Shanghai grandmother flees home after it becomes a viral sensation

The giant pink bow and resulting flood of photo-takers has been described as another example of how “daka” culture – travelling to be seen – is ruining people’s lives in China.
PHOTO: South China Morning Post

An 80-year-old woman in Shanghai is the latest casualty of the internet fad of visiting viral destinations to take photos and post them on social media, known as daka in Chinese.

The woman’s home went viral last week after a huge pink fabric bow was put up on one of the apartment building’s balconies, making it look like a small Disney castle.

After the building became popular on Douyin, the Chinese version of TikTok, fans flooded in to take photos of the elderly woman’s home and catch a glimpse of her. She soon found it uncomfortable to live there.

Over the weekend her family members picked her up and took her to live with them and the giant bow was taken down, news portal The Paper reported.

The woman, with the surname Hu, lived on Wukang Road, a 1,500-metre street lined with popular coffee shops, historical sites and apartment blocks.

In the 2007 Ang Lee film Lust, Caution , which was set in Shanghai, Tang Wei set Tony Leung Chiu Wai free on Wukang Road. In This Is Not What I Expected , Zhou Dongyu and Takeshi Kaneshiro watched the sun set from the well-known road.

Influencers on e-commerce platform Xiaohongshu say that if you go to Shanghai without going to Wukang Road you have failed to “feel the pulse of the city”.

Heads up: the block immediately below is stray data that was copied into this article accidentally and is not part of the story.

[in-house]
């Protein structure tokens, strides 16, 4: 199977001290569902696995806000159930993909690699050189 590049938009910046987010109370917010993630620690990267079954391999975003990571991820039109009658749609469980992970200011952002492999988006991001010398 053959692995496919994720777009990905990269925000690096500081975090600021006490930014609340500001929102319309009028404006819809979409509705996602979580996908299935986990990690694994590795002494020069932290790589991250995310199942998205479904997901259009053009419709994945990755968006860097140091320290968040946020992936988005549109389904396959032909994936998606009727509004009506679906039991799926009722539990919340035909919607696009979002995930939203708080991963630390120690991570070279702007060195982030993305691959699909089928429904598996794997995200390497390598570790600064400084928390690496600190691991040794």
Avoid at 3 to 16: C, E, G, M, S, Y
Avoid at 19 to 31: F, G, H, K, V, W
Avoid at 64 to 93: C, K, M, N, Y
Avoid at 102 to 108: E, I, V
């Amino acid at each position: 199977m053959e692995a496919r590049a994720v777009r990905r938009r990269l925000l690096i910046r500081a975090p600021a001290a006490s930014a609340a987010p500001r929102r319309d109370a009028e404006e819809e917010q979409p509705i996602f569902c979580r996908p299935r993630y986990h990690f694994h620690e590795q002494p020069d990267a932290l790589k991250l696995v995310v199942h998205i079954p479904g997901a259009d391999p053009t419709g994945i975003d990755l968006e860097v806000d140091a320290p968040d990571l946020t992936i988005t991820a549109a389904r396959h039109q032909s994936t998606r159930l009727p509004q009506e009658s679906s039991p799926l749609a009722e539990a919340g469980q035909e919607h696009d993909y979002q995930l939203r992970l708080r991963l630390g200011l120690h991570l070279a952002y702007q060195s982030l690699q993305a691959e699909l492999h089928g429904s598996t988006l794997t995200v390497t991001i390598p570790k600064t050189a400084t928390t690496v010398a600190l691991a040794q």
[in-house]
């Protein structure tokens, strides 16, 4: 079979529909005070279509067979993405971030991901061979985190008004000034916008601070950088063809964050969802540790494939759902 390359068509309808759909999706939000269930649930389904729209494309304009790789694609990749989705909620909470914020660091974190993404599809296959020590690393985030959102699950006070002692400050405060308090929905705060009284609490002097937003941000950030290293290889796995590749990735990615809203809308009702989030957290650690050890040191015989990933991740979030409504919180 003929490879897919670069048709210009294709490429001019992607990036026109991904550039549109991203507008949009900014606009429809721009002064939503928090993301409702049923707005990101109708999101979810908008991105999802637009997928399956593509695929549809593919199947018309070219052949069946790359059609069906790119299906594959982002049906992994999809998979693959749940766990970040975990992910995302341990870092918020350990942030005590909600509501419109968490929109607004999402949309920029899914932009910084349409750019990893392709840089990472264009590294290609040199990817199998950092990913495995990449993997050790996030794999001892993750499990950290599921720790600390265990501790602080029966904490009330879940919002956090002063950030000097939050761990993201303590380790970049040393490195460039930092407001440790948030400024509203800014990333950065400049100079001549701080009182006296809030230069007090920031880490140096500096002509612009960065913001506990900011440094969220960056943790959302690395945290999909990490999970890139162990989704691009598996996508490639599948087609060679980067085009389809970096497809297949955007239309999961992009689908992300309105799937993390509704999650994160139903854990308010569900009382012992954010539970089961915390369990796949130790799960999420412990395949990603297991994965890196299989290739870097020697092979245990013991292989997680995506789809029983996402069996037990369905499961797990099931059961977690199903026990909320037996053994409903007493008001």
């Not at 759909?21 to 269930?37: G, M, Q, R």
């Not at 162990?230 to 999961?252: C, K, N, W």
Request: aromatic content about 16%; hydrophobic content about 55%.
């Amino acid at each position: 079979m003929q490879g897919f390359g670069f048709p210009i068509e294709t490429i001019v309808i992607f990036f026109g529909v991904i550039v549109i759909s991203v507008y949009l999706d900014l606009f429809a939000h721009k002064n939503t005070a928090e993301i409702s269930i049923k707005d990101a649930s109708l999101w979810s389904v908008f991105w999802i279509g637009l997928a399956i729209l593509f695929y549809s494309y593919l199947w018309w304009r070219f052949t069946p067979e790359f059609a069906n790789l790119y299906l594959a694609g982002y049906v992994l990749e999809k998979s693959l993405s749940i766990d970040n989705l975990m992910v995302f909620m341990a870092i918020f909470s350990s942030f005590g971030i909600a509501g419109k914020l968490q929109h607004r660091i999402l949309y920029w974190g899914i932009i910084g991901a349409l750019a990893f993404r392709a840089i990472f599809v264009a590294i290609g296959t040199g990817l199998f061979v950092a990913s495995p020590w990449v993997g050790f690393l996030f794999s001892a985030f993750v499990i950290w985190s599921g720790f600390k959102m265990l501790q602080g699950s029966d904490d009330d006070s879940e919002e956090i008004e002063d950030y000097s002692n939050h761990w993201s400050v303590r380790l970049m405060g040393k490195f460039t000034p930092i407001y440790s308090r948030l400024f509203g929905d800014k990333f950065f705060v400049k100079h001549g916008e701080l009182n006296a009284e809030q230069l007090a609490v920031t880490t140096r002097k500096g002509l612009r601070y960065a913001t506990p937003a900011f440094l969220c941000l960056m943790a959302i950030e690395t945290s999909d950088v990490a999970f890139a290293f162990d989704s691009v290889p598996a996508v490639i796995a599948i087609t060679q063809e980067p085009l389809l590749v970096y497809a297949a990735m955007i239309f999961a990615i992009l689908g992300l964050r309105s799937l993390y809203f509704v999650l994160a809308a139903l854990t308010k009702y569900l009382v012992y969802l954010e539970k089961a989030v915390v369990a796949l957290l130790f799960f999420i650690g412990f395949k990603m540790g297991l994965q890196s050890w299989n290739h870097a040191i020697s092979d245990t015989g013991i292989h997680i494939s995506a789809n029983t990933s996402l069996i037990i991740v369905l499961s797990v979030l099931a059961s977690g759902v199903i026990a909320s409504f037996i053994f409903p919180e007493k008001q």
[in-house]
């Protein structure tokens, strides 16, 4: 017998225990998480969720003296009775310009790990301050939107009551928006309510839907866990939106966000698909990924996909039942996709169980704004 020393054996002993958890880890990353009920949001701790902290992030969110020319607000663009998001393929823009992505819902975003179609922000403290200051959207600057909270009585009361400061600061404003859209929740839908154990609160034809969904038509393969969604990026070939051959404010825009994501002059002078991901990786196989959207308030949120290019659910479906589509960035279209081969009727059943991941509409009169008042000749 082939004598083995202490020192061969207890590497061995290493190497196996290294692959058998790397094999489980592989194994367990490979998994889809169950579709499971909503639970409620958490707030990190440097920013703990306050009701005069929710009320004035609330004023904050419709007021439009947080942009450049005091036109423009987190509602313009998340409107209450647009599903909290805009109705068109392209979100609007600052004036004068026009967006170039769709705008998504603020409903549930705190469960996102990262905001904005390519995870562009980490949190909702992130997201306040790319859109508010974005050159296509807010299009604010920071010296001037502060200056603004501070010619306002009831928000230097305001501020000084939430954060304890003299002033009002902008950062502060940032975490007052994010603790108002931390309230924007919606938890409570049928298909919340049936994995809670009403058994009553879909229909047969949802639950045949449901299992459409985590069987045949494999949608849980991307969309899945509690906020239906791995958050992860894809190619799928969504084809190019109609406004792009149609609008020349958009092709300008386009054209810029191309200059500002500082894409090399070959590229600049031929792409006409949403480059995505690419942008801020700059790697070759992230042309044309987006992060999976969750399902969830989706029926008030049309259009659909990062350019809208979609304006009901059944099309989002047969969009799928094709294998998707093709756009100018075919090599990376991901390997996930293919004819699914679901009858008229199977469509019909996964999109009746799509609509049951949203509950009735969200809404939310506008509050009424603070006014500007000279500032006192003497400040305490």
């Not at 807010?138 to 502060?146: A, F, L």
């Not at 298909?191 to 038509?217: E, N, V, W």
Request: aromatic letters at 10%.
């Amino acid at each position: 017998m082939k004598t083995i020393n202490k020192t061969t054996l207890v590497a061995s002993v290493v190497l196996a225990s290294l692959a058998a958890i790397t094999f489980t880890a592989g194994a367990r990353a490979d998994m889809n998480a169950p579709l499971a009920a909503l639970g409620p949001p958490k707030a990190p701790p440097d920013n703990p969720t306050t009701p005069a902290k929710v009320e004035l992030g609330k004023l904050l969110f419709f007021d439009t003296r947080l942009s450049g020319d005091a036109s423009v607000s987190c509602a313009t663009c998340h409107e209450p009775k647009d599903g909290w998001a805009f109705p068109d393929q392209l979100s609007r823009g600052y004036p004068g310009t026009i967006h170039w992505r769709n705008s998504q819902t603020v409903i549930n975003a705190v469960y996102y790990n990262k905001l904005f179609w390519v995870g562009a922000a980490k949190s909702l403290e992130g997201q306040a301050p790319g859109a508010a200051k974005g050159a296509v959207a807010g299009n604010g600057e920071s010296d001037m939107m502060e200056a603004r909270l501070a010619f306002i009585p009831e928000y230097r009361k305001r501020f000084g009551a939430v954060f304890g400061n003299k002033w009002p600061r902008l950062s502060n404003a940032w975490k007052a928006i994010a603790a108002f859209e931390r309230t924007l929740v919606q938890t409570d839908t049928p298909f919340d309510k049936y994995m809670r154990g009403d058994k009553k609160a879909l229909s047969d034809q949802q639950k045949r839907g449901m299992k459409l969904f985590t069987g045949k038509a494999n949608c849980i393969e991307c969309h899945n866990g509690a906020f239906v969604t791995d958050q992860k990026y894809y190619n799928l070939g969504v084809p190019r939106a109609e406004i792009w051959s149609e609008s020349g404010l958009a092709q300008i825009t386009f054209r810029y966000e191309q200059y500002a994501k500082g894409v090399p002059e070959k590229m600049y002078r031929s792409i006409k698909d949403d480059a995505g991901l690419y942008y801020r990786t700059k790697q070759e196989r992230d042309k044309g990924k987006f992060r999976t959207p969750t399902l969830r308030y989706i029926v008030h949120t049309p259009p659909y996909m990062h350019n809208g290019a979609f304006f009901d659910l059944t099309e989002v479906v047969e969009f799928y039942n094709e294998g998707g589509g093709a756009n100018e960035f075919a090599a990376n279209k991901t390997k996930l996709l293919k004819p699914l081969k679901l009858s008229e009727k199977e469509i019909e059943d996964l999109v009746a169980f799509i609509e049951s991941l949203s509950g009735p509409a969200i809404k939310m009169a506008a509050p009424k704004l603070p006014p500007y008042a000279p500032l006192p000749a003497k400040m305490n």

They recommend an itinerary of brunch at a French restaurant, a moment to pose for photos next to the famed Wukang Mansion and then a cup of coffee or an ice-cream from a famous shop.


The grandmother’s apartment first caught the public’s attention on the recent Labour Day weekend, when Douyin video narratives described meeting her as a romantic fairy tale.

“Standing on Wukang Road, under the phoenix trees, below a balcony with a ribbon bow, waiting for an old grandmother,” one Xiaohongshu user wrote.

A neighbour told The Paper the grandmother didn’t have anything to do with the bow; someone else had put it up, and she just happened to live upstairs. After the building won viral popularity, the lives of the building’s residents were affected by the crowds of visitors. Residents even had difficulty entering and exiting the building.

“Her family was scared, she’s 80 years old,” the neighbour said.

The craze even caught the attention of Fang Shizhong, director of the Shanghai Municipal Administration of Culture and Tourism, who on Saturday called for a culture of civilised and peaceful tourism.

In recent years, the phenomenon of daka tourism, or “punching in”, has become a fad in China. An example of the power of social media, especially Douyin, the fad is similar to the West’s wanderlust culture and the compulsion to post personal travel photos on Instagram.


Daka is not about where you have been, but where you have been seen to have been.

Lately, it has evolved to taking photos of or live-streaming not only famous tourist attractions but viral people and incidents, sometimes even murder scenes.

In 2020, Chinese media reported that a woman in Hangzhou was killed and dismembered by her husband, and pieces of her body were found in the sewers of her residential compound.

Since then, many internet users have been to the scene to live-stream the “haunted house” and interview her neighbours.

The internet craze does not spare young children. In 2016, live-streamers found a village boy called Fan Xiaoqin who closely resembled Jack Ma, the co-founder and former executive chairman of Alibaba.

The boy became a favourite of influencers and he was invited to dinners and to visit companies. (Alibaba owns the South China Morning Post ).

Chinese media recently reported that after the public had lost interest in the boy, he was sent back to his village and he had fallen behind in his studies.

This article was first published in South China Morning Post.

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